The center of Olbia holds many interesting monuments: among them, the 1747 Church of San Paolo, the Palazzetto Umbertino, home to the Municipal Library and of a collection of finds from the Nuragic period, and the Church of San Simplicio, one of the most fascinating examples of Romanesque architecture on the island, erected in the 1000s to 1100s using only granite.
Just a short distance from the town is the Cabu Abbas Nuragic Complex and the Sacred Well of Sa Testa from the 8th-6th century B.C., one of Sardinia’s most intriguing monuments.
In the Bay of Olbia lies the Island of Tavolara, essentially a huge slab of limestone that remains in pristine condition, thanks to the building ban imposed by the Municipality of Olbia. Regarded as one of the busiest summer destinations, the island is included in the Marine Protected Area of Tavolara-Punta Coda Cavallo.
Moving inland from Olbia, one arrives in Arzachena, a town that has experienced extraordinary success since the latter half of the 20th Century. The area around Arzachena features many archaeological sites of great interest, such as the Lu Coddhu ‘Ecchiuj and Li Lolghi (giant funeral monuments), the Li Muri Necropolis, the temple of Malchittu and the Ladas Dolmen, a monument from the 3rd-2nd millennium BC.
In the nearby village of Luras is the Ethnographic Museum of Galluras-Frammenti, reproducing the characteristic environment of the ancient Galluran civilization.
Then, Tempio Pausania is 25 miles from Olbia; the town is located on a granite plateau with the peaks of the majestic Monte Limbara Range in the background. This is a trekker’s dream, and also boasts an important cork and wine production center. Not only, but it is also a vacation destination famous for the therapeutic properties of the oligo-mineral waters of the Rinaggiu Springs and its thermal spa.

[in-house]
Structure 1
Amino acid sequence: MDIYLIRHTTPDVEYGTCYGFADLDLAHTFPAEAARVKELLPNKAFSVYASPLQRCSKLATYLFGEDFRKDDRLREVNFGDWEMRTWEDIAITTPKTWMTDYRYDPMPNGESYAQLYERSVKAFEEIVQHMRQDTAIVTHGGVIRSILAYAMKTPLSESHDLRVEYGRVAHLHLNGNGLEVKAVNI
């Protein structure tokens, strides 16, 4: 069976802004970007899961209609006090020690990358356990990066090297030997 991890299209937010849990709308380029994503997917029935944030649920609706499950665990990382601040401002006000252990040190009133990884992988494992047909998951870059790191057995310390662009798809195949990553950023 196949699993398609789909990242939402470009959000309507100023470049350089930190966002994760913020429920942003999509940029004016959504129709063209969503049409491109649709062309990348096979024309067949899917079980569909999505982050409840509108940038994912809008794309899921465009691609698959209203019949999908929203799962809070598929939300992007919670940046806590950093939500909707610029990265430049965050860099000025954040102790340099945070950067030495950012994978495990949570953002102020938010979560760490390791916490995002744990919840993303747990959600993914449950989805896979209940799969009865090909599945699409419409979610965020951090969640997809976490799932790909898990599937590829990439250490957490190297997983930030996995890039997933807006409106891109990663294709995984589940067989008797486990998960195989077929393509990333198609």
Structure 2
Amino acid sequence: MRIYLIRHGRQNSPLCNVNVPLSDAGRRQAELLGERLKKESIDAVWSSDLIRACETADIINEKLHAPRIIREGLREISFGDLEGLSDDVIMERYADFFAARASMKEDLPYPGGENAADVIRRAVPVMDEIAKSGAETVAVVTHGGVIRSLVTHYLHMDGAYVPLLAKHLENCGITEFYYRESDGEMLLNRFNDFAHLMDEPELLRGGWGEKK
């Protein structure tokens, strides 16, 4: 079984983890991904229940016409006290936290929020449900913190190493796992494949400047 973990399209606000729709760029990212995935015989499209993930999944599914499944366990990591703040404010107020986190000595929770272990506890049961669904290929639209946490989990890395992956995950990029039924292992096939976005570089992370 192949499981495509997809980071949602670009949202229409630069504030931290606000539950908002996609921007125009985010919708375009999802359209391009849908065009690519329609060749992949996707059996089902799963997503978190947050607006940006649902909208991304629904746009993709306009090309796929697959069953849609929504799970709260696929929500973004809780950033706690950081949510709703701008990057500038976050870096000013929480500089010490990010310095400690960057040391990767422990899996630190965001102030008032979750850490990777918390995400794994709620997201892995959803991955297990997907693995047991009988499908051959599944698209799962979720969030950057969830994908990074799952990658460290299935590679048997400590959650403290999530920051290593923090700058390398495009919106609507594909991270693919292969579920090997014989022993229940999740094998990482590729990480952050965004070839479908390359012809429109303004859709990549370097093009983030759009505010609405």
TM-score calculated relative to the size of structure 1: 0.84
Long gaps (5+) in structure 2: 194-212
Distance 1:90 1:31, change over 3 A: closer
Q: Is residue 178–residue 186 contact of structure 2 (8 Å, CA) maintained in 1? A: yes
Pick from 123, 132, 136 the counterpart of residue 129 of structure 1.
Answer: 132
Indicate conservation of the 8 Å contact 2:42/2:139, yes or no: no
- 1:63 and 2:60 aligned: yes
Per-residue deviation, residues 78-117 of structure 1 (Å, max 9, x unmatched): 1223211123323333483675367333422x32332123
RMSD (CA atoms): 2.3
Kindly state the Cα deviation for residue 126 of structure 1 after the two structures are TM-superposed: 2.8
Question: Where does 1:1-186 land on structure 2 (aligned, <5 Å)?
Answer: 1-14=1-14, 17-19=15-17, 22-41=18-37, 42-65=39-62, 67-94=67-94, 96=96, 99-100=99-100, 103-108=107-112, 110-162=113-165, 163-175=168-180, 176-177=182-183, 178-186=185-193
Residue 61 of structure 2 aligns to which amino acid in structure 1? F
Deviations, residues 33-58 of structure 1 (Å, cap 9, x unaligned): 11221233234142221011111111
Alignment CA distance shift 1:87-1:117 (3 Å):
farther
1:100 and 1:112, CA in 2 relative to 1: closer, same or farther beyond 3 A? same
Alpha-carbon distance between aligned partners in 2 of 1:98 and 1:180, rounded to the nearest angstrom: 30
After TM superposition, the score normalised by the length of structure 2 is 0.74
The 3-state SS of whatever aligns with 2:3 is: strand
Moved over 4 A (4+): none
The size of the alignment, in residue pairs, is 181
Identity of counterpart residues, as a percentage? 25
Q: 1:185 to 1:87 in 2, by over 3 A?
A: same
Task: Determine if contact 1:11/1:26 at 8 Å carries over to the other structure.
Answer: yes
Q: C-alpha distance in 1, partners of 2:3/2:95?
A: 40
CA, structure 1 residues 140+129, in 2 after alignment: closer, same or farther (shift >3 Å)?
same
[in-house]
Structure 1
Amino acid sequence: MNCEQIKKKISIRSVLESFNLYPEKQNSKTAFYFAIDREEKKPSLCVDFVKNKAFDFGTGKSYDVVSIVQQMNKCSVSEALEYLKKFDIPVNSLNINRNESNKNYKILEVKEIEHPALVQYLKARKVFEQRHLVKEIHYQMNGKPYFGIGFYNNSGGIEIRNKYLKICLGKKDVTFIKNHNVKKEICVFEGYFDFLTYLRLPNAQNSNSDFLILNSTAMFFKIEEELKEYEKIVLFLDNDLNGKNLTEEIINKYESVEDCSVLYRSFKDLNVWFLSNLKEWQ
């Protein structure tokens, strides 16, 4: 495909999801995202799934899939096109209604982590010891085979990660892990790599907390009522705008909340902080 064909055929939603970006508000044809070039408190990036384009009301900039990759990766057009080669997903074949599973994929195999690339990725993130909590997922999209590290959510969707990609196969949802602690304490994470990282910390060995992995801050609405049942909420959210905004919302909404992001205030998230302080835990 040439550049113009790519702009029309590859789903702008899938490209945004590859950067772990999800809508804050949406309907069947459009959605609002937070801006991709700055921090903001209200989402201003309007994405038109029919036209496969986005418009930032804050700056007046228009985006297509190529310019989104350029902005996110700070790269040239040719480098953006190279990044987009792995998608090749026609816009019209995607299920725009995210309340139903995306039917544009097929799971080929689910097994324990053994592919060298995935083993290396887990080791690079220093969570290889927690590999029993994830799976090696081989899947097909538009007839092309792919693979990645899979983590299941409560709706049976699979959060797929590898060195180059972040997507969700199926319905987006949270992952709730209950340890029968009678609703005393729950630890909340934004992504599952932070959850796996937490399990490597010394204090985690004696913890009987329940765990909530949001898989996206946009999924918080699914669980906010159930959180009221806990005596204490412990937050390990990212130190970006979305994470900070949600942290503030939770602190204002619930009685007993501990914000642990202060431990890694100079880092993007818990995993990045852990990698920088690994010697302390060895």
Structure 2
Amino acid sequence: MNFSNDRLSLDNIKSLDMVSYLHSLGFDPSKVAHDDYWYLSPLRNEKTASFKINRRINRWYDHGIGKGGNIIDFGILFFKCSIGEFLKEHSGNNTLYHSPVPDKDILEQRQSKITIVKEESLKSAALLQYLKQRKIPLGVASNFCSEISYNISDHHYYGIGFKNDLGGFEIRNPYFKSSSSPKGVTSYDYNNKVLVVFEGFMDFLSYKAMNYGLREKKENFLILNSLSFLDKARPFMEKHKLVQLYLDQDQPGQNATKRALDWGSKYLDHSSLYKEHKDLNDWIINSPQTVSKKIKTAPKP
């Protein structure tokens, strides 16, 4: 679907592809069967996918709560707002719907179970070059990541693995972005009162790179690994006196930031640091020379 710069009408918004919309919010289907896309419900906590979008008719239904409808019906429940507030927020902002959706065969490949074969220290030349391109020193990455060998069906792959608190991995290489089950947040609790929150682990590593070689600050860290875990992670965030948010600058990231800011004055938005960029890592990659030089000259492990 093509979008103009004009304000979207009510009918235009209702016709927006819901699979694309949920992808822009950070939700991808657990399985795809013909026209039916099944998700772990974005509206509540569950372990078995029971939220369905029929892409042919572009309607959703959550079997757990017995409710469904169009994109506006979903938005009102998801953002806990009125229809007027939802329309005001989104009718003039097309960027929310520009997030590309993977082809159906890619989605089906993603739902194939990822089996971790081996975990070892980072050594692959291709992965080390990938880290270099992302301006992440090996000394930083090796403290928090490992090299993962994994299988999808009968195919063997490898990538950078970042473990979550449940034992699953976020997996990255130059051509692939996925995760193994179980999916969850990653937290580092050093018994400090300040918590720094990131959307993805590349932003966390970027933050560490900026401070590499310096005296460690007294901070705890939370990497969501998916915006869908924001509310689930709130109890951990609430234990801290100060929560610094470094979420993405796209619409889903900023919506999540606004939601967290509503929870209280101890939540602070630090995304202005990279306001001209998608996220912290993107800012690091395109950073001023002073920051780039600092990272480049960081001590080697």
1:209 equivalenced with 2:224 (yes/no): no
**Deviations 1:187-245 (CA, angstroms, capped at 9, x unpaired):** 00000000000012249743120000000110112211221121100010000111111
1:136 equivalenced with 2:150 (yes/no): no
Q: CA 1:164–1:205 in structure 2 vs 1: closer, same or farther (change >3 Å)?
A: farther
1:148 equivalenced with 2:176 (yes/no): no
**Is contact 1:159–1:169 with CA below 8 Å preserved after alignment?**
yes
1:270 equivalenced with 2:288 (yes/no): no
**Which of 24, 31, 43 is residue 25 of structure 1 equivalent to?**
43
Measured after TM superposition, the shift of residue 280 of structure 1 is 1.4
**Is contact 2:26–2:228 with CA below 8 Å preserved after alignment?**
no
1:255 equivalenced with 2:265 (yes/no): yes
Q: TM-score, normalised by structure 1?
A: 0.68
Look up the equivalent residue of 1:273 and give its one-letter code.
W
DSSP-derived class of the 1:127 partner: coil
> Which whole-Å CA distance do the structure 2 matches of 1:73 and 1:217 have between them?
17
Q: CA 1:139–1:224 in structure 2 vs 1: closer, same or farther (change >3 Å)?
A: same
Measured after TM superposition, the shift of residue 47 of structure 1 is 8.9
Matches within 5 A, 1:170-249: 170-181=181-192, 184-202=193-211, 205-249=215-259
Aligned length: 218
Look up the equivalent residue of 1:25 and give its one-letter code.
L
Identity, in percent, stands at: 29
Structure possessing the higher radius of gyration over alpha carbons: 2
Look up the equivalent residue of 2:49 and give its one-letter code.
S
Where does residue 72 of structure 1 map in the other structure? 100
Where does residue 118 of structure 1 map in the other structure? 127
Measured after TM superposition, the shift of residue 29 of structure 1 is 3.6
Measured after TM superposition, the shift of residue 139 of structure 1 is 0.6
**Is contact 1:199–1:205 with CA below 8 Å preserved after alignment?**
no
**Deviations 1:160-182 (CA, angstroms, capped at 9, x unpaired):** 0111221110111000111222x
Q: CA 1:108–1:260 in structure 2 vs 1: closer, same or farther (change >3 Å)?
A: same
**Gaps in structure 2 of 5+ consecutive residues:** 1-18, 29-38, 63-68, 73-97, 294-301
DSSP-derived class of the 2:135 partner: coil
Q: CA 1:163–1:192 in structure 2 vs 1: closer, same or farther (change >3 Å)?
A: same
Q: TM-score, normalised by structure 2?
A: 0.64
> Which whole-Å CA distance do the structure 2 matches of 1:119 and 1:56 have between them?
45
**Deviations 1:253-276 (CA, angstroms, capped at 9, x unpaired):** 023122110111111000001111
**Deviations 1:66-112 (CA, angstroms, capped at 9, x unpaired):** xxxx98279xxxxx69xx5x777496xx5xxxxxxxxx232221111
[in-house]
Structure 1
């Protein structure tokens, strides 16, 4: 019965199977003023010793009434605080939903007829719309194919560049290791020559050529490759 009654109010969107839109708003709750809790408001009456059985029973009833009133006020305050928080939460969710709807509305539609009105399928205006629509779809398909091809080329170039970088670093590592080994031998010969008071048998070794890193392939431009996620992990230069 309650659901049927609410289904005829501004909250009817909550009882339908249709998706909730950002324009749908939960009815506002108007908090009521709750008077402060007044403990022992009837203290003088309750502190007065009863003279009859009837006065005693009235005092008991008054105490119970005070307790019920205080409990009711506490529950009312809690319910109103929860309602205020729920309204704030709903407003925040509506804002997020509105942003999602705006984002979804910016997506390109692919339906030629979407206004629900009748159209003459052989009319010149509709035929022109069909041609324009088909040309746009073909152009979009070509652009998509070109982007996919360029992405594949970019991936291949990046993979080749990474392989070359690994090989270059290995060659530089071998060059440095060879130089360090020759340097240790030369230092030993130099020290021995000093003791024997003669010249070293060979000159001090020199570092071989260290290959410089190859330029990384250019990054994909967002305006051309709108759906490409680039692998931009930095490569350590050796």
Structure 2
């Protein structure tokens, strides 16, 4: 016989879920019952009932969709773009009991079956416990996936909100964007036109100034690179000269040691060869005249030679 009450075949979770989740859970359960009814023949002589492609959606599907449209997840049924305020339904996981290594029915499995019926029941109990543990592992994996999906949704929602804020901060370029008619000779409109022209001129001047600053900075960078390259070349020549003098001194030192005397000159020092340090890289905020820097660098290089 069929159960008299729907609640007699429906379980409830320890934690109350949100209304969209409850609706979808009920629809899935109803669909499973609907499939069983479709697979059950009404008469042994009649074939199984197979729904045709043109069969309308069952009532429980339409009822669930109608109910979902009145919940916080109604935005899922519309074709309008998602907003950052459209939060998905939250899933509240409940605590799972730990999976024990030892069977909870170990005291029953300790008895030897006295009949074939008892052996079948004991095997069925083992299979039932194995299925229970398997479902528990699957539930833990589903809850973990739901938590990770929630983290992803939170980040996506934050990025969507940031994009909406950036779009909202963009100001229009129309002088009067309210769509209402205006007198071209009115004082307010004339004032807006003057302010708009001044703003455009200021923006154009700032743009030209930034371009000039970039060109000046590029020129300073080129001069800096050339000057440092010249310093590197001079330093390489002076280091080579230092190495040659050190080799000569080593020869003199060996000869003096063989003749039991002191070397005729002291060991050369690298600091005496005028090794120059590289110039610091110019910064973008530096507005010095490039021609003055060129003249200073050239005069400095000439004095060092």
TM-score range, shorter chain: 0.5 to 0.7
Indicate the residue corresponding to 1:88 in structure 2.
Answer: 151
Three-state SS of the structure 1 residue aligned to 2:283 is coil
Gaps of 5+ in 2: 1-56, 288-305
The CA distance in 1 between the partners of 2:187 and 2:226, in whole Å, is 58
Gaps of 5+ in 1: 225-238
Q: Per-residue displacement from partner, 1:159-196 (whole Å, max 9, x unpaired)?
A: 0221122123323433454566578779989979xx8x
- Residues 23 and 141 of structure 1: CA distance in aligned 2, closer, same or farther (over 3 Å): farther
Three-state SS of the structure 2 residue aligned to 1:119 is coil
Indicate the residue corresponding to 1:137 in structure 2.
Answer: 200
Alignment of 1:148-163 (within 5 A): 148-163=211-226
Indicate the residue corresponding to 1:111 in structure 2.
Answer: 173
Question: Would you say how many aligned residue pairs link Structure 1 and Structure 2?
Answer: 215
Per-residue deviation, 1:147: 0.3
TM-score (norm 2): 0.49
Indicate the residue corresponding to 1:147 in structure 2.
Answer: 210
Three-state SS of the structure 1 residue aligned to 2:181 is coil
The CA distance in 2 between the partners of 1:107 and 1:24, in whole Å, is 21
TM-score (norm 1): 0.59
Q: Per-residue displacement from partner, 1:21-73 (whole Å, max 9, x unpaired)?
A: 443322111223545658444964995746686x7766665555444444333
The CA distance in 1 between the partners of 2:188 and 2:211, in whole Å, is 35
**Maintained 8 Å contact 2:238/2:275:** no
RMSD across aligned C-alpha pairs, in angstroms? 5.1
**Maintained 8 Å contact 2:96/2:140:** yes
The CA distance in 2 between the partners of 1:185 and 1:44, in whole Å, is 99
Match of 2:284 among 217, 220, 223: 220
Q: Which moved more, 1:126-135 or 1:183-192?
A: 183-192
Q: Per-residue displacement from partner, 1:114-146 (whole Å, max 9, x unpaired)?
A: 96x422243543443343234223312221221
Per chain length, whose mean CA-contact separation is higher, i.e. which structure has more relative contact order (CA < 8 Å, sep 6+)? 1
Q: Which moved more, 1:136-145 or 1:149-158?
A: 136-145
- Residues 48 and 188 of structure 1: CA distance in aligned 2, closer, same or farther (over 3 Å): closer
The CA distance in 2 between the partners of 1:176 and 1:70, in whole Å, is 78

Although the province's interior is charming, undoubtedly it is the coast that gets most of the attention. Moving north from Olbia northward, past the luxurious village of Porto Rotondo and the Bay of Cugnano, the visitor arrives at the legendary Costa Smeralda (the name refers to the beautiful emerald, green and turquoise shades of the sea). The heart of the Costa Smeralda is Porto Cervo, nestled in a secluded cove and offering exquisite touristic accommodations, in addition to a well-equipped marina with space for over 700 boats. Life in Porto Cervo revolves around its piazzetta and the Church of Stella Maris.
Many a beach is worth visiting in Sardinia: Cala di Volpe, Poltu Quatu, Bajia Sardinia, Cannigione, the magnificent Capriccioli and Liscia Ruia beaches.
Still heading north past Porto Rafael, a sophisticated tourist village set in a small bay, one drives through Palau, another very popular destination with its famous Capo d’Orso Rock, to finally arrive in Santa Teresa di Gallura, the point on the island closest to Corsica, possessing a unique white limestone of the Bonifacio Coast.
Other remarkable features of the area around Santa Teresa di Gallura are Capo Testa, a massive granite promontory connected to the mainland by a narrow isthmus, the Bay of Tindari of coral-red rocks, Isola Rossa and Valle della Luna, an almost-desolate terrain characterized by the presence of granite rocks, naturally-eroded into animal-like shapes.
Lastly, the spectacular La Maddalena Archipelago is composed by a group of granite islands, the largest of which are La Maddalena, Santo Stefano, Spargi, Caprera, Budelli, Razzoli and Santa Maria. The magnificent environments of these islands and the surrounding waters, as well as the variety of shapes, colors and fauna make this place (now a National Park) one of the most breathtaking spots of the entire Mediterranean Basin.
In addition to the innumerable natural wonders, the Archipelago is famous for the National Garibaldi Museum, on the island of Caprera. The hero of the Risorgimento, Giuseppe Garibaldi (1807-1882) spent the last years of his life on this island, with which he fell in love at first sight. He bought some land and built a house and accompanying structures: the estate has been used as a museum since his death.